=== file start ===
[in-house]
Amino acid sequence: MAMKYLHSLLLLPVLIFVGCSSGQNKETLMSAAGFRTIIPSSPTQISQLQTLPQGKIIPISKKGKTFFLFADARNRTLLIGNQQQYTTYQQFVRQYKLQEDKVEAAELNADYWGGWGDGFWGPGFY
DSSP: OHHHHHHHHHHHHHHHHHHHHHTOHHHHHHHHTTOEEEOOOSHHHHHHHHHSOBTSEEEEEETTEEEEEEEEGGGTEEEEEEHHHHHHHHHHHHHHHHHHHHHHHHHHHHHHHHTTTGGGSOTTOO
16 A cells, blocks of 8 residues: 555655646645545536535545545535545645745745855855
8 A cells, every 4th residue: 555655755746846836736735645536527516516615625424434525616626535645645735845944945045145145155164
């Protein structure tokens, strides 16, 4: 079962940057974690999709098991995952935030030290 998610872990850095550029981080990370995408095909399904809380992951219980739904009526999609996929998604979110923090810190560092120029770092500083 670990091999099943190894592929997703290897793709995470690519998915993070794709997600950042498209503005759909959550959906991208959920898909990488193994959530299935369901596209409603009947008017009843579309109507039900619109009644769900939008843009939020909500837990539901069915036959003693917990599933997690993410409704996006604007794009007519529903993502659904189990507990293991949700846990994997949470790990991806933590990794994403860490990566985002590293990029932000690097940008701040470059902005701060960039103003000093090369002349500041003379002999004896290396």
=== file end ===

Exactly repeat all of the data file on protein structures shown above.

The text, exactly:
[in-house]
Amino acid sequence: MAMKYLHSLLLLPVLIFVGCSSGQNKETLMSAAGFRTIIPSSPTQISQLQTLPQGKIIPISKKGKTFFLFADARNRTLLIGNQQQYTTYQQFVRQYKLQEDKVEAAELNADYWGGWGDGFWGPGFY
DSSP: OHHHHHHHHHHHHHHHHHHHHHTOHHHHHHHHTTOEEEOOOSHHHHHHHHHSOBTSEEEEEETTEEEEEEEEGGGTEEEEEEHHHHHHHHHHHHHHHHHHHHHHHHHHHHHHHHTTTGGGSOTTOO
16 A cells, blocks of 8 residues: 555655646645545536535545545535545645745745855855
8 A cells, every 4th residue: 555655755746846836736735645536527516516615625424434525616626535645645735845944945045145145155164
């Protein structure tokens, strides 16, 4: 079962940057974690999709098991995952935030030290 998610872990850095550029981080990370995408095909399904809380992951219980739904009526999609996929998604979110923090810190560092120029770092500083 670990091999099943190894592929997703290897793709995470690519998915993070794709997600950042498209503005759909959550959906991208959920898909990488193994959530299935369901596209409603009947008017009843579309109507039900619109009644769900939008843009939020909500837990539901069915036959003693917990599933997690993410409704996006604007794009007519529903993502659904189990507990293991949700846990994997949470790990991806933590990794994403860490990566985002590293990029932000690097940008701040470059902005701060960039103003000093090369002349500041003379002999004896290396």